Aug 242018
 

First Reformed might be a technically well made drama, and Ethan Hawke does turn in an amazing performance, but I never found the story all that enthralling and in fact some of the scenes were unintentionally funny.

 

 

First Reformed
(2018)

Genre(s): Drama
Lionsgate | R – 108 min. – $24.99 | August 21, 2018

Date Published: 08/24/2018 | Author: The Movieman


MOVIE INFO:
Directed by: Paul Schrader
Writer(s): Paul Schrader (written by)
Cast: Ethan Hawke, Amanda Seyfried, Cedric Kyle
DISC INFO:
Features: Commentary, Featurette
Digital Copy: Yes
Formats Included: Blu-ray
Number of Discs: 1
Audio: English (DTS-HD MA 5.1)
Video: 1080p/Full Frame 1.33
Subtitles: English SDH, Spanish
Disc Size: 22.6 GB
Codecs: MPEG-4 AVC
Region(s): A

Lionsgate provided me with a free copy of the Blu-ray I reviewed in this Blog Post.
The opinions I share are my own.


THE MOVIE — 2.25/5


Plot Synopsis: Reverend Ernst Toller (ETHAN HAWKE) is a solitary, middle-aged parish pastor at a small Dutch Reform church in upstate New York on the cusp of celebrating its 250th anniversary. Once a stop on the Underground Railroad, the church is now a tourist attraction catering to a dwindling congregation, eclipsed by its nearby parent church, Abundant Life, with its state-of-the-art facilities and 5,000-strong flock.

When pregnant parishioner Mary (AMANDA SEYFRIED) asks Reverend Toller to counsel her husband (PHILIP ETTINGER), a radical environmentalist, the clergyman finds himself plunged into his own tormented past, and equally despairing future, until he finds redemption in an act of grandiose violence.

Note: This section does contain MAJOR PLOT SPOILERS so reader’s please be aware!

Quick Hit Review: First Reformed received plenty of high praise and although it was aptly written and directed by Paul Schrader, and unlike Grindstone, the production companies didn’t swoop in and change it, much like equally critically praised The Witch, I found many of scenes funnier than thought-provoking, one in particular could’ve been ripped right from Portlandia where a memorial service is being held a clichéd toxic lakefront and as the ashes are being spread, the church choir is singing Neil Young’s “Who’s Gonna Stand Up” protest song. All these days later I can’t tell if Schrader was playing this seriously dramatic or there was some sort of parody in there somewhere.

Taking that aside, I did genuinely enjoy Ethan Hawke’s impassioned and passionate performance… for the most part, until the end where one specific shot he does overdo a bit. Even so, this perhaps is one of Hawke’s better roles in quite some time. And in her few scenes, Amanda Seyfried is quite good as well, holding her own opposite Hawke. Oh, and Cedric the Entertainer is now credited as Cedric Kyle, making sense since this is an entirely dramatic role, even if one aspect it was hilariously symbolic when Hawke’s Toller asks if God forgives what we have done to our planet and what the mega-church should do, and Kyle’s reverend character literally turns his luxury highchair around representatively blocking anything Toller had to say. As YouTube’s Matthew Buck would say, “SYMBOLISM!”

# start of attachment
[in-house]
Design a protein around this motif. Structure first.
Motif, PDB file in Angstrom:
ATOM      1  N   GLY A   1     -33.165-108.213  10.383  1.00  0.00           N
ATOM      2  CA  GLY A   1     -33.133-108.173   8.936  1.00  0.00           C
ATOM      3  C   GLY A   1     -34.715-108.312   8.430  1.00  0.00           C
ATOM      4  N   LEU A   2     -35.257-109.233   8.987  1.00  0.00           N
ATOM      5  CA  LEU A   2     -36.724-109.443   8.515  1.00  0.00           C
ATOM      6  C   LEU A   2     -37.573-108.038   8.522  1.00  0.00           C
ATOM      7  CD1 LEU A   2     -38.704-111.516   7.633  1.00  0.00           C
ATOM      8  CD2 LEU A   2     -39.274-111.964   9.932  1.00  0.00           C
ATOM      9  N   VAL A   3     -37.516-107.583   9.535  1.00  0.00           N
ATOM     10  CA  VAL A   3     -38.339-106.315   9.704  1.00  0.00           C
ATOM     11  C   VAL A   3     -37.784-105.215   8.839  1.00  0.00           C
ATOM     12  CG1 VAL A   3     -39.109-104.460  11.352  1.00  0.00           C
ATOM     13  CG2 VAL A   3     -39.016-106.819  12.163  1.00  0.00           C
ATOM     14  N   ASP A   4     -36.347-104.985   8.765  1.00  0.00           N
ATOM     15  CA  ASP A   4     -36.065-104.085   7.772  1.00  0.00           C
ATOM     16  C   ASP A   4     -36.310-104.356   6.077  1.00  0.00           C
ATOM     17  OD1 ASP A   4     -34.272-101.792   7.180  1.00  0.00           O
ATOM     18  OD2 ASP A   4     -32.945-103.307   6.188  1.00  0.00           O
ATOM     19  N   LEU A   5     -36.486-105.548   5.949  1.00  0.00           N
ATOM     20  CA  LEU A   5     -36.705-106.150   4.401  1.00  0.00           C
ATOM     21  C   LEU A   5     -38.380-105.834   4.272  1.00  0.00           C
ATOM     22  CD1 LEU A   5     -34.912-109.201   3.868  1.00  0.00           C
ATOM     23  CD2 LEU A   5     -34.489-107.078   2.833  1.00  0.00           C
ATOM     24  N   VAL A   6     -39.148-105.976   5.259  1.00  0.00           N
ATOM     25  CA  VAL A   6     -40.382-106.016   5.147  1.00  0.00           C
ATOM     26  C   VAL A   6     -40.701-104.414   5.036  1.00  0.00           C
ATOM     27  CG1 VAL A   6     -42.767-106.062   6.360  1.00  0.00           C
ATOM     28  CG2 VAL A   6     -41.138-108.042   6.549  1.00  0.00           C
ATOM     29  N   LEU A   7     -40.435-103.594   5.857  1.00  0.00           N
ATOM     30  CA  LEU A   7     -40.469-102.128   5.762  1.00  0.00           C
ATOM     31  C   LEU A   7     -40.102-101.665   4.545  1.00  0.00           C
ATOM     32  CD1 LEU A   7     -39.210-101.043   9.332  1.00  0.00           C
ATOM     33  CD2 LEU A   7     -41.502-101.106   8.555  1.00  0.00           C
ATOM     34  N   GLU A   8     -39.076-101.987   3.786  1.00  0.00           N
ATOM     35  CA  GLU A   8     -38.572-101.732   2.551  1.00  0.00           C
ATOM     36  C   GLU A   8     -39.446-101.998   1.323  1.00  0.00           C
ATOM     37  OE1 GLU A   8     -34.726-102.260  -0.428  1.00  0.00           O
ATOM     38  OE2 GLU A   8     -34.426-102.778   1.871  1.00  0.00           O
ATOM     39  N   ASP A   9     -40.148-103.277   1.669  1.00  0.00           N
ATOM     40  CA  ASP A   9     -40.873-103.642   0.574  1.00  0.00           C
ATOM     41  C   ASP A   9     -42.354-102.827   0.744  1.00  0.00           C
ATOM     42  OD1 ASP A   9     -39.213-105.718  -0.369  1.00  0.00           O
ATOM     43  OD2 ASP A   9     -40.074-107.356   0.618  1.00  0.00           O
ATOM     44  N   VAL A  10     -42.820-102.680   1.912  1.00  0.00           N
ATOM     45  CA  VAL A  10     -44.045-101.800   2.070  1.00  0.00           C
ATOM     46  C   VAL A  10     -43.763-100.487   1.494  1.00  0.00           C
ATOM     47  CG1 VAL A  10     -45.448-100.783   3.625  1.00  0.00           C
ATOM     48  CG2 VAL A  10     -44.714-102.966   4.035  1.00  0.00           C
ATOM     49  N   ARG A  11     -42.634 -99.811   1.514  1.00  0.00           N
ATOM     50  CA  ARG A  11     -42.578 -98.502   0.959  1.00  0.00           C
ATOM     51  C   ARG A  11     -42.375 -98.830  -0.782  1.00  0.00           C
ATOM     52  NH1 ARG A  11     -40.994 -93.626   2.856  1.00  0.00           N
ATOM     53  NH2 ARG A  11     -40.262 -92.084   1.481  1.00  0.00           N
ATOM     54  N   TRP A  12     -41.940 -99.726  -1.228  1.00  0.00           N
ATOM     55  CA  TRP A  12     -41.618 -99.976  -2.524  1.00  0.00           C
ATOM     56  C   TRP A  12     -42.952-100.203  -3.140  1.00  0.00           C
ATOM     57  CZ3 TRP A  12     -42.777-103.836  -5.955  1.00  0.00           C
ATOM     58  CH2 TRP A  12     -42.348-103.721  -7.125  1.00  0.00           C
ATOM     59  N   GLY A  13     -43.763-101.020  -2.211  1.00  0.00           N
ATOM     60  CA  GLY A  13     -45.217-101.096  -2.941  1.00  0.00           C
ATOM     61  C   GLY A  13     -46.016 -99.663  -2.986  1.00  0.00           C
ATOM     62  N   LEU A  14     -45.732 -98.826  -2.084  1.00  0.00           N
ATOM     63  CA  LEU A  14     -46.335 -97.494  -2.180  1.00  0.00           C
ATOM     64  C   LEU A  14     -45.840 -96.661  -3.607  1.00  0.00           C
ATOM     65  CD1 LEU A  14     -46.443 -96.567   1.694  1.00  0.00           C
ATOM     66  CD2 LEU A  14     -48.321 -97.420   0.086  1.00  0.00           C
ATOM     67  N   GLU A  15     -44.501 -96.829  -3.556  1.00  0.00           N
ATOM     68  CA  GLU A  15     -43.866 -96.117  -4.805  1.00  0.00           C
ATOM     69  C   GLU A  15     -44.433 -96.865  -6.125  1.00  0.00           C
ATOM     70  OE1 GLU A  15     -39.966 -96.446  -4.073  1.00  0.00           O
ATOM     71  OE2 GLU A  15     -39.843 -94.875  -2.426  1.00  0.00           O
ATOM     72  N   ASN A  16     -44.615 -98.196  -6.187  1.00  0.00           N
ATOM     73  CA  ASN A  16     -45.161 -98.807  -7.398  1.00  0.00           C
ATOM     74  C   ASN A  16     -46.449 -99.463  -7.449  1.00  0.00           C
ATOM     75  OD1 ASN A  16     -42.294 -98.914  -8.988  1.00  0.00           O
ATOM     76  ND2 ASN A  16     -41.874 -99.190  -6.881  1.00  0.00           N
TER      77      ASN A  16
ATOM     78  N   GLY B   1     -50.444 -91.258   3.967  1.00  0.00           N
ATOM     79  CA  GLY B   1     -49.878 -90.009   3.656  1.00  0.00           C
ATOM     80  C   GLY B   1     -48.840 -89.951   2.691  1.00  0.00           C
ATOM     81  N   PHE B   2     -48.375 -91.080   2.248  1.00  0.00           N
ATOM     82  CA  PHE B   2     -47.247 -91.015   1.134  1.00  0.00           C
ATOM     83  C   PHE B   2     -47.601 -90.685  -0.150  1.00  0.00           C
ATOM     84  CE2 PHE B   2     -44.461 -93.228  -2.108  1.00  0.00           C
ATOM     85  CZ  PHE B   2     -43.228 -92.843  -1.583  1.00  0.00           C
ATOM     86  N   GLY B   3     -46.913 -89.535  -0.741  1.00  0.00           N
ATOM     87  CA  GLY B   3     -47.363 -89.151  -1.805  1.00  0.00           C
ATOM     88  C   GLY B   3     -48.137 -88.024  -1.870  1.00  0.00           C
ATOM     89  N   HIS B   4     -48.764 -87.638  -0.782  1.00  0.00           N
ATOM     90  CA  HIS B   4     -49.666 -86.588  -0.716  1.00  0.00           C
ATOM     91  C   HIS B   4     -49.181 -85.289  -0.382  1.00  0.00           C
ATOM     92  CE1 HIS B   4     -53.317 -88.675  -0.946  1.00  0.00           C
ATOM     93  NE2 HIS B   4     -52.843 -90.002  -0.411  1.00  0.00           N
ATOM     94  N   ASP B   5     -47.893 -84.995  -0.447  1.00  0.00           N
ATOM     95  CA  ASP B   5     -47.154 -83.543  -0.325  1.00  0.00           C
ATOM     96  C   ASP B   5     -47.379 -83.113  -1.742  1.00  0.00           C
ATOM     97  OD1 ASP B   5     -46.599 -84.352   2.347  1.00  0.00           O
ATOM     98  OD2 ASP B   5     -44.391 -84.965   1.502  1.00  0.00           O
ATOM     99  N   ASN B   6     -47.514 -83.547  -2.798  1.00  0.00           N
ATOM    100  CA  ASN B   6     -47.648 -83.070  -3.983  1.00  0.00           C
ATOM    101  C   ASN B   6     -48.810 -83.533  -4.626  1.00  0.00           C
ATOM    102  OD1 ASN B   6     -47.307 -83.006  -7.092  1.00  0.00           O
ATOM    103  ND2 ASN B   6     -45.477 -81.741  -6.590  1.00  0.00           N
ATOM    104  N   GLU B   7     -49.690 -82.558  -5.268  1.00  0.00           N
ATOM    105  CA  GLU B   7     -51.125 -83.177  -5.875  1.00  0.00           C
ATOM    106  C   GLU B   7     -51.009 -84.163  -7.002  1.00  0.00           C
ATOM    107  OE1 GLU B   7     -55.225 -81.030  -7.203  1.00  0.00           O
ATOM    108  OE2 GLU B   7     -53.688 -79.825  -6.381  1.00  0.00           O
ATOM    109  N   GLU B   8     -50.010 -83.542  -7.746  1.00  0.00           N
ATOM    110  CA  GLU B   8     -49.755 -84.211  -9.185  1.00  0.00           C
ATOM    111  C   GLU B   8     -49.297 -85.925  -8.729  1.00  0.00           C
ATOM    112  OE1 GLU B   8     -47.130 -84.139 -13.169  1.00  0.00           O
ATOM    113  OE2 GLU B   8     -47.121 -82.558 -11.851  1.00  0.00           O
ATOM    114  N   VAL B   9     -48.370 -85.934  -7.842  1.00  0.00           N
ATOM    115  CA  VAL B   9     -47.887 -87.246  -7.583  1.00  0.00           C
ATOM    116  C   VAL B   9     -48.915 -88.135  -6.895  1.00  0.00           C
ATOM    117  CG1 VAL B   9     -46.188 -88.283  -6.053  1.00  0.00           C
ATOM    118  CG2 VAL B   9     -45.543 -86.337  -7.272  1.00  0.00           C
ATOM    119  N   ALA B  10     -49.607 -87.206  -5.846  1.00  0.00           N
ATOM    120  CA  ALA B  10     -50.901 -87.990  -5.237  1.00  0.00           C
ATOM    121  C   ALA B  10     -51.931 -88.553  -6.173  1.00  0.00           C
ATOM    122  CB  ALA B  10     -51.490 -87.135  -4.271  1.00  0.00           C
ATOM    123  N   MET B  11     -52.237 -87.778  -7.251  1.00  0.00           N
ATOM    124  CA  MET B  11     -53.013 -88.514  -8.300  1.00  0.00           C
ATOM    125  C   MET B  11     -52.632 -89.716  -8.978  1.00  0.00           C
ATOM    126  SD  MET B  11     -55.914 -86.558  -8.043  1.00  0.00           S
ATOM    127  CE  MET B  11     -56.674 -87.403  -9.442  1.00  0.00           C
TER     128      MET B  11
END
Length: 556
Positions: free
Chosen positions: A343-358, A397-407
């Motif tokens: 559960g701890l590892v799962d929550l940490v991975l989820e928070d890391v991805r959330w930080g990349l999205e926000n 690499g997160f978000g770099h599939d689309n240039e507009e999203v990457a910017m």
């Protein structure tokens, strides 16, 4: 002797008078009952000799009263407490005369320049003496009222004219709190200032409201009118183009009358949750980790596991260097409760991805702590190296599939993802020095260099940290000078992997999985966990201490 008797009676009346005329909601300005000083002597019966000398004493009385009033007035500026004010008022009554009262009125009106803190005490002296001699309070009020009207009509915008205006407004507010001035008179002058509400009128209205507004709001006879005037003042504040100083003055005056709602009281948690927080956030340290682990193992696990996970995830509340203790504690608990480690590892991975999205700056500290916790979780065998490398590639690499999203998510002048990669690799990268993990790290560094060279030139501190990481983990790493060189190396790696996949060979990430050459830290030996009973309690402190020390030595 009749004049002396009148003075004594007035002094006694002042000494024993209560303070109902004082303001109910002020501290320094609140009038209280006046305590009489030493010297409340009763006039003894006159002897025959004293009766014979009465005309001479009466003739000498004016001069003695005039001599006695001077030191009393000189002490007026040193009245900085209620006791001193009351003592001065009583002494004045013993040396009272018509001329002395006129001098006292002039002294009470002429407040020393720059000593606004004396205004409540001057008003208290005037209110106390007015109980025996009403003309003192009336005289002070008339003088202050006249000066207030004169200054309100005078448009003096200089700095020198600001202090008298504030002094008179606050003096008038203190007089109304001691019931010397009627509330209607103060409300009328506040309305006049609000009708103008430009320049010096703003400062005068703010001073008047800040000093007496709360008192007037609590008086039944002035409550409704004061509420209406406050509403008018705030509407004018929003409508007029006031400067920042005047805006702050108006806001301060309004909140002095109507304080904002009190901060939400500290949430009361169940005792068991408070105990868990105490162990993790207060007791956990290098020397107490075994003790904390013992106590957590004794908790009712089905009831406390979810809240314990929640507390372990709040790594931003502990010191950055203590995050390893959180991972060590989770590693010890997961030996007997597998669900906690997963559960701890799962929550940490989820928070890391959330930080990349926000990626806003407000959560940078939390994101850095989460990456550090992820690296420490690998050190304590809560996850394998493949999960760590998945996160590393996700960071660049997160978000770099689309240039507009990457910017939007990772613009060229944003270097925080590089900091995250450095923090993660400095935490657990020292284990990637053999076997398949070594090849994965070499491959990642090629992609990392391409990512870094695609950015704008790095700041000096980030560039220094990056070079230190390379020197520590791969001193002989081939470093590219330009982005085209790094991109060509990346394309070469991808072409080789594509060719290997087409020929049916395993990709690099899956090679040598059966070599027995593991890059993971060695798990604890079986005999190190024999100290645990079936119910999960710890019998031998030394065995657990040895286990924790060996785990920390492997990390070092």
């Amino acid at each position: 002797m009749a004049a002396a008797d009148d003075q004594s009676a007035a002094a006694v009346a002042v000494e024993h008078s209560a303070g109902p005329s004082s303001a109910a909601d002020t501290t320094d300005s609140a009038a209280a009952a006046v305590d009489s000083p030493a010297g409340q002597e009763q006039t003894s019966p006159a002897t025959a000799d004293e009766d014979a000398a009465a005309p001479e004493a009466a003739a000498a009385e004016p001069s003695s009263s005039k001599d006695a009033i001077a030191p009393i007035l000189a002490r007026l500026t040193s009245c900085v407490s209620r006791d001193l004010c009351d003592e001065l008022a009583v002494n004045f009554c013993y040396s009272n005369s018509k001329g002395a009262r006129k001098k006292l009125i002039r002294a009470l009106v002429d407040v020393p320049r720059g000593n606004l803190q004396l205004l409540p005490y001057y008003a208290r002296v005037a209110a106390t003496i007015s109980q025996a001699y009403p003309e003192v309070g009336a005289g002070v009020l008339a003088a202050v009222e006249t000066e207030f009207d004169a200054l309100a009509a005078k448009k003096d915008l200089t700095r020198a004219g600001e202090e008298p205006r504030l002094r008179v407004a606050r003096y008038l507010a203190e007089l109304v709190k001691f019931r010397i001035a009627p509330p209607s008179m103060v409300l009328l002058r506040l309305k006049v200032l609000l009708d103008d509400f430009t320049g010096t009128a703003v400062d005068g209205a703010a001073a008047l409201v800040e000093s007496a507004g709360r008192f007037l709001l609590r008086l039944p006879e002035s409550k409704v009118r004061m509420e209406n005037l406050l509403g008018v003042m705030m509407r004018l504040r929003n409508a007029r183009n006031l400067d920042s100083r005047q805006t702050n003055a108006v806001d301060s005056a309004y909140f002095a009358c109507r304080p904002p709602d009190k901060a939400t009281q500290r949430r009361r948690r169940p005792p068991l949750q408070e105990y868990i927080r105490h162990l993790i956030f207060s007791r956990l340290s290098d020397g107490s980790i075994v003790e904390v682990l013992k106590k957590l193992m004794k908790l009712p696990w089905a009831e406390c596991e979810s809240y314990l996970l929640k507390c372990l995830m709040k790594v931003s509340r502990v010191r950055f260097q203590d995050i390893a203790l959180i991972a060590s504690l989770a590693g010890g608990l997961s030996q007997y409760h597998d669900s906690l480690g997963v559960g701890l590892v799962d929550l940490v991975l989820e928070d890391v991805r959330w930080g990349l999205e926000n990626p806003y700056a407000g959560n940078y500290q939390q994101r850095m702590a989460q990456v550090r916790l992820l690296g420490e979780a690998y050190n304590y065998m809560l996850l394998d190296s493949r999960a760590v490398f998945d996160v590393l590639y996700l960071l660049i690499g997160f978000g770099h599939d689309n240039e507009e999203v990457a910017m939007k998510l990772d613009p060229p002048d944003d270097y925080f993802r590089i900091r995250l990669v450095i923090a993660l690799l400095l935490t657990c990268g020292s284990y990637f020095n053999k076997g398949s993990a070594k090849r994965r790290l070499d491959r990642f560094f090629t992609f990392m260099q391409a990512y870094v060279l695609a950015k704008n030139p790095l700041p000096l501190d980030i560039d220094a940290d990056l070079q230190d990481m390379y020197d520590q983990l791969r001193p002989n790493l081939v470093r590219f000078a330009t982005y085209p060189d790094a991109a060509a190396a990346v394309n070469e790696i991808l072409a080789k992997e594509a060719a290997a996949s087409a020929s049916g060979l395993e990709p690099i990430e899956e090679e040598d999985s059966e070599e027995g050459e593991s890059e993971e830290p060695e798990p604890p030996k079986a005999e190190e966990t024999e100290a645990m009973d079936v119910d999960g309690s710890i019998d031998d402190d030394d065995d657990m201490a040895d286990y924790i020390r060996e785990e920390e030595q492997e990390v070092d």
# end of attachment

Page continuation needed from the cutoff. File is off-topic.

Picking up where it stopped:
But I digress. One of the biggest wtf’s came with the ending when the movie goes full-on metaphorical when Toller and Mary make a spiritual “connection” floating in the atmosphere (a la Superman: The Movie) showing the environmental beauty and man-created disasters. Like the memorial scene, I guess this was supposed to be another “thoughtful” sequence, personally I found it more bewildering. Of course, it doesn’t stop there, Toller comes close to becoming an eco-terrorist, utilizing a suicide vest to blow himself and notable attendees of the anniversary event.

One of the biggest comparisons with First Reformed was perhaps Paul Schrader’s best scripted work, also about a socially ostracized main character in Robert De Niro’s Travis Bickle with Taxi Driver. I can see why but I found that movie far more disturbing, but also exhilarating, drama-thriller versus this one which does tend to be overly heavy-handed in its messaging which more often than not was more on the ridiculous spectrum rather than thought-provoking.

 

SPECIAL FEATURES – 2.25/5


This release comes with a matted slip cover and inside is a redemption code for the Digital HD copy. Not a whole lot of features, but there is an Audio Commentary with Writer/Director Paul Schrader and a behind-the-scenes featurette, Discernment: Contemplating First Reformed (15:43; HD).

 


VIDEO – 4.5/5


Lionsgate releases First Reformed onto Blu-ray presented with a full frame 1.33 aspect ratio. The 1080p high-definition picture is sharp and well defined and colors are on the limited spectrum, though this is dark looking movie given the topic. Black levels do look stark throughout showing no signs of aliasing or artifacting.

AUDIO – 4.0/5


The movie comes with your standard DTS-HD Master Audio 5.1 track which is basic mainly because the bulk is dialogue or atmospheric ambient noises, but very little, if any, score. In fact, I was wondering if my surround system was even working when the movie began as there literally was zero sound until after the logos.

 


OVERALL – 2.5/5


Overall, First Reformed might be a technically well made drama, and Ethan Hawke does turn in an amazing performance, but I never found the story all that enthralling and in fact some of the scenes were unintentionally funny. Schrader isn’t a favorite filmmaker of mine, far from it, and ranks right down there with Terence Malick in some of his pretentious style, which was on full display in the third act. The Blu-ray itself has good video/audio transfers and limited features.

 

 

 

 

Check out some more 1080p screen caps by going to page 2. Please note, these do contain spoilers.

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